The Kia ora coo-ee : the magazine for the ANZACS in the Middle East, 1918
['Twenty-Two': He was the interpreter to the Brigade...]
"Twenty-Two": He was the interpreter to the Brigade. We called him Jack, not because that was his baptismal moniker, but because it was much easier to pronounce than his dinkum one, which was Greek, and embraced two or three lessons in geometry. He was always willing to sit down and absorb weird tales relative to the one and only country that is worth a tinker's damn. All might have been well if the fellows had only used moderation, but one day they fairly went over the line. It was watermelon time, and we had a bit of a blow-out, having found a patch where they were as big as Cinderella' pumpkin. One thing led to another, and at last Bill gravely starts: "Yes, they're not bad, for this land, but you should have been with me but on the Downs. Water-melons! No, not exactly big ones, just medium son of size. Old Bluey Jones and myself lived in one for over four months. Dinkum! it took us nearly three weeks to saw the end off to make the doorway, But then, our gear wasn't up to much. Reckon that if we'd had a decent kind of saw, we would have had the end off and the place fitted up in a fortnight at the outside." When I came to, I crept away to the bivvy. It was too much for me.
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"Bill Bowyang": Remember the time the Y.M.C. A. opened a canteen on Anzac Beach. They generally sold out their stock in half an hour, and a chap had to get in early to secure anything better than a comb or a pair of bootlaces. On the side of the hill above the canteen there was a big hole, where all sorts of rubbish, such as decayed meat, Stale preserved vegetables, etc., was thrown. "Birdy" happened to be prowling around the beach one day, just after the canteen had sold out, and he spotted one of the Billjims kneeling over the rubbish hole, and gazing into its depth. "Hello, my lad," he says, "what's up?" "My tunic's down there, Sir," replied Billjim, "it slipped out of my hand." "Well, never mind, you'dnot wear it again after being in that filthy mess, would you?" asked "Birdy". '"No," replied the Dinkum, "But I waited three hours to get a cake in the bloomin' canteen, and, by cripes I it's in the pocket of that tunic. I must get it."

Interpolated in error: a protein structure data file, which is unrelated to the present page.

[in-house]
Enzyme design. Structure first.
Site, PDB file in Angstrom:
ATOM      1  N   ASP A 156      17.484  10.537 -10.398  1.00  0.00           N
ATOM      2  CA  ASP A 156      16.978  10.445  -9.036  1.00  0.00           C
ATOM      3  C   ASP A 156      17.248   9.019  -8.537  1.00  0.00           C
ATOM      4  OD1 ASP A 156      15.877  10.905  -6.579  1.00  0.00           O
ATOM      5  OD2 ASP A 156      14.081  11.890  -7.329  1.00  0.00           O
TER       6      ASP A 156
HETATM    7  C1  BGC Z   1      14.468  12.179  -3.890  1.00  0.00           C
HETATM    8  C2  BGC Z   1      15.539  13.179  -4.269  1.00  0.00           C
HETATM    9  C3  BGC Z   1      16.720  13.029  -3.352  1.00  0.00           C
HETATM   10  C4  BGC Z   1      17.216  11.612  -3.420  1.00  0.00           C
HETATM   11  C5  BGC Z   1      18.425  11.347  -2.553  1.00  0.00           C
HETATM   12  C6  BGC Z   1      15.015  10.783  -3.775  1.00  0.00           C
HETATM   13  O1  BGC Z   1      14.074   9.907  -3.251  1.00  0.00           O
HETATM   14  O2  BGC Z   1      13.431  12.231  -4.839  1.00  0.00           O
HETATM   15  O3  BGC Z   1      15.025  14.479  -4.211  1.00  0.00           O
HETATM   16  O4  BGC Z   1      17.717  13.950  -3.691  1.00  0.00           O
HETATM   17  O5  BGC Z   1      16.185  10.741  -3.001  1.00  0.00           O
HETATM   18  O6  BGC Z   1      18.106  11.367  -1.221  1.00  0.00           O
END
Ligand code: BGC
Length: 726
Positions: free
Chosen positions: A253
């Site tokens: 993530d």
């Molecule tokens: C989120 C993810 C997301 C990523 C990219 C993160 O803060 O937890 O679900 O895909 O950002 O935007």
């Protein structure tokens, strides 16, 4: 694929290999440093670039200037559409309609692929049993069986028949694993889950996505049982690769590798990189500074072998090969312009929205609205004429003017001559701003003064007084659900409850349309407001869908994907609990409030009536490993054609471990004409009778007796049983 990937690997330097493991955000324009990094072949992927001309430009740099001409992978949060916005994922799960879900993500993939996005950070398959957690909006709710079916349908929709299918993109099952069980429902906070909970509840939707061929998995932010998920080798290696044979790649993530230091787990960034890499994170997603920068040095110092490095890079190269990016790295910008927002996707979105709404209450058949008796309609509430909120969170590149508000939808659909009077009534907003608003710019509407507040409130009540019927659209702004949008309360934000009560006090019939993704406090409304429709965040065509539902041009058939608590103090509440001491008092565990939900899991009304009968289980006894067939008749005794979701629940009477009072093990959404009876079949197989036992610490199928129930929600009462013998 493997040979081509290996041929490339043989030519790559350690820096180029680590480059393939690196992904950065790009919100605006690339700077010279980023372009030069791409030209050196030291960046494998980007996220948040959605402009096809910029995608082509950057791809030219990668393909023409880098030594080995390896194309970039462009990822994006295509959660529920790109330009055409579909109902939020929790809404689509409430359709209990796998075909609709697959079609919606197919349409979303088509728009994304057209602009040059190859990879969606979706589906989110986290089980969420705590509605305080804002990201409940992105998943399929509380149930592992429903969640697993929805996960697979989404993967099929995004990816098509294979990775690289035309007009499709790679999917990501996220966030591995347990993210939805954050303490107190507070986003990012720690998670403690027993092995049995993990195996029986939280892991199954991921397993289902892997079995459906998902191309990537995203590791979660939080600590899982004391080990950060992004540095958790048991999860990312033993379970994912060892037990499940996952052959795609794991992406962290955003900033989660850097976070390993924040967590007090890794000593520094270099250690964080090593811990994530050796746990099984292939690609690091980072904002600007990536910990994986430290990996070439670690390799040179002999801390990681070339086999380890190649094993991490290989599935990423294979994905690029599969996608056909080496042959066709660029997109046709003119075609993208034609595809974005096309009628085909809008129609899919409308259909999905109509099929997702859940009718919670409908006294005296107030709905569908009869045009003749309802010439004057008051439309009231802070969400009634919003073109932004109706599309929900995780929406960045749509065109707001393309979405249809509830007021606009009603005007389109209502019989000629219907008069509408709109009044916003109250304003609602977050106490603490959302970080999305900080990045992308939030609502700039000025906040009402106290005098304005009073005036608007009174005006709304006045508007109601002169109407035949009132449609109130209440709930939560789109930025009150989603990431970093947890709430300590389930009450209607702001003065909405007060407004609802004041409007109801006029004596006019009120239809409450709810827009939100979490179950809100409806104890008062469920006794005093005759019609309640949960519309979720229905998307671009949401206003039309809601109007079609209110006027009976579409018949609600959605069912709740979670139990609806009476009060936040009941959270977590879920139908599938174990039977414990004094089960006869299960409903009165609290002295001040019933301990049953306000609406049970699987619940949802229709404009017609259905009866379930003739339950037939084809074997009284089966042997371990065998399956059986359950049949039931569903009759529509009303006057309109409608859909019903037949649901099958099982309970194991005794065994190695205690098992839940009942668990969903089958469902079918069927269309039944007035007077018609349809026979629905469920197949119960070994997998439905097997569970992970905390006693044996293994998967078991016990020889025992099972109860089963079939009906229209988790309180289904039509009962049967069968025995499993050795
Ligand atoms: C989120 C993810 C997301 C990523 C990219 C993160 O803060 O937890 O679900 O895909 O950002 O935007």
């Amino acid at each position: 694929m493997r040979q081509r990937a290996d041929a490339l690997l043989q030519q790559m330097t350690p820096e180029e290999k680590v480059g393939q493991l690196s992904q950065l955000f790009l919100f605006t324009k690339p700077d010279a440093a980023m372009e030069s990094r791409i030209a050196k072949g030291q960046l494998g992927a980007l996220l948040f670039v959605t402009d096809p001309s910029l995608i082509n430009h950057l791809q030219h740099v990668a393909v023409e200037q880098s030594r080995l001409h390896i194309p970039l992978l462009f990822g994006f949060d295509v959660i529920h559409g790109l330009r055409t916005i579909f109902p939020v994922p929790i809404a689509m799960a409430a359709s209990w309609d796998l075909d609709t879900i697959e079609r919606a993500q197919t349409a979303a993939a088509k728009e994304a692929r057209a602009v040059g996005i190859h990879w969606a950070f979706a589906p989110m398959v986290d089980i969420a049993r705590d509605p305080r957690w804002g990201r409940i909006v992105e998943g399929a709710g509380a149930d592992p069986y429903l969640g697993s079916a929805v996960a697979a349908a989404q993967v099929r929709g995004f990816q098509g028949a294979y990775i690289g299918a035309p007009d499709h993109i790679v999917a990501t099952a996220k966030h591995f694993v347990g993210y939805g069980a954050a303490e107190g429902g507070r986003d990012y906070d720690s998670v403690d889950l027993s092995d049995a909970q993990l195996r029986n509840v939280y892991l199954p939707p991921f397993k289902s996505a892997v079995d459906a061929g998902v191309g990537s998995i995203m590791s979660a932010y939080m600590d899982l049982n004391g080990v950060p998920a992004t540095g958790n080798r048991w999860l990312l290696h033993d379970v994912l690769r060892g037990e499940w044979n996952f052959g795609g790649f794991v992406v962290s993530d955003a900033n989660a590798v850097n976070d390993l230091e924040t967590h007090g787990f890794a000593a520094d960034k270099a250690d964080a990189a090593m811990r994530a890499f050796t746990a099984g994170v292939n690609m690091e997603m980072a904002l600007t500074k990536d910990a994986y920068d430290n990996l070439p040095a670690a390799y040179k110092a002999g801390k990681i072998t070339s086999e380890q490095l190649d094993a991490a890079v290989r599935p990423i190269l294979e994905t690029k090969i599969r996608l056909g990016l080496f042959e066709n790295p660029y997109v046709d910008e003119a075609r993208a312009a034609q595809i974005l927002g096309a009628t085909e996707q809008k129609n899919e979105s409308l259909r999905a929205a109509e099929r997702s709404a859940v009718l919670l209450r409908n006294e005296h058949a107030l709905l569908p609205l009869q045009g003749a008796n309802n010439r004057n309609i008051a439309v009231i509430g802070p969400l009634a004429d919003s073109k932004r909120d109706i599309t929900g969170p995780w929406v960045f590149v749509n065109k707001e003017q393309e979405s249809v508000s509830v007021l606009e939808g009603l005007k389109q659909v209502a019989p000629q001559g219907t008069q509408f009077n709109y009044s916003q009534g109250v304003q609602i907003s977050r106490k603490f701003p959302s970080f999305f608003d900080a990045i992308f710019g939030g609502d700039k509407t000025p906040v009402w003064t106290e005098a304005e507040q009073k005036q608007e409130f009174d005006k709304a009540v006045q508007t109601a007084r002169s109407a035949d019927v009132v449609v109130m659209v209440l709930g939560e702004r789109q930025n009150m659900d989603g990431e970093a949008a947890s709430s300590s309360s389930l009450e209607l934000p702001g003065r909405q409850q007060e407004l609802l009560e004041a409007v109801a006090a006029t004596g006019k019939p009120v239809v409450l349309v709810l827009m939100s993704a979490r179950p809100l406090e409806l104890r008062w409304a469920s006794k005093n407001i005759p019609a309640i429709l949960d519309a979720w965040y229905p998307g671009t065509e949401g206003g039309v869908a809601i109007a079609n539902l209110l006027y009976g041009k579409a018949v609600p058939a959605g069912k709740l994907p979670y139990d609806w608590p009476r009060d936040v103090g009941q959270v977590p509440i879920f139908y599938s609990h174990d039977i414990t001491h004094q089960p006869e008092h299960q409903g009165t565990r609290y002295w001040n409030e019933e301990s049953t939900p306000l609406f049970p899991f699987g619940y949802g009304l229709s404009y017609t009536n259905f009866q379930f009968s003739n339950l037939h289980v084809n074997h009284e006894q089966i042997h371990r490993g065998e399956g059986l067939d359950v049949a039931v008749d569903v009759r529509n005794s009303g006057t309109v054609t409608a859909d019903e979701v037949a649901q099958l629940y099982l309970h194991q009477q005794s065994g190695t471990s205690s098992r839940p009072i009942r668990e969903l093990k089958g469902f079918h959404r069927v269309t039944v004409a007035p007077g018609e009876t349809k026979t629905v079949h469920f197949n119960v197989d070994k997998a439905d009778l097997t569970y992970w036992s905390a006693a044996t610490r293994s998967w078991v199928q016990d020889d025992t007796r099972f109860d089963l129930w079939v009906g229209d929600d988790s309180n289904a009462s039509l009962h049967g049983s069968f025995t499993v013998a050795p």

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"Gelantipy": Pass the word to "Harry Quail," who had something to say about Jack Burgess in your last issue, that he can put his battered lid on again. He is right off the track when he states that Jack was in the Light Horse. Jack came to Egypt with the Remounts over two years ago, and recently returned to Australia. I've known him for years, and was with him in Queensland when he contracted to lift 3,000 bullocks at Wave Hill Station, (Northern Territory), to be delivered at Burrindilla, 2,000 miles away. As a judge of horseflesh, old Jack took some beating.
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"F.R.": About the coolest chap I met on the Peninsula was Billy Walls. I remember, a sniper's bullet grazed his face one morning and drew blood. Billy felt the scratch and walked on, whistling, just as if nothing had happened. I reckoned that after that nothing short of an earthquake would scare him. Judge my surprise, when I dropped into Billy's dug-out one evening, and found him quiet and moody. "Had a h—I of a fright last night," he said, "haven't got over it yet." I asked for further particulars, "it was this way;" he said "yesterday the Indians and not turn up with the rations. I would not have cared so much, only that it was rum issue day, and when the boys came down from Quinn's they would be looking for a drink. I goes down to the A.S.C. dump, and borrows a mule, loads him up with tucker and rum, and takes the lot up to our camp. On my way back, I was leading the mule by a long halter, and just as I came out of the sap near the beach, a loud 'swish' made me jump about two feet in the air. 'Cripes!' I said, 'Old Beachy Bill nearly got me that time:' I did not look around, but hurried along as fast as the heavy sand would let me. When I gets to the dump, I says to the A.S.C. cove, 'Hey, mate' I've brought back your mule?' 'Where's the mule?' he says. I looked behind, and, spare me days! there was only a long-piece of blood-stained rope in my hand. 'Beachy's' shell had shot the mule clean out of the halter."
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"Field Censor": Billjim is a terror for brevity. Following is a letter, which was handed to me for censorship the other day: "Dear Mother. Letter received. You are well, I am well, we are all well. Yours affectionately, Bill."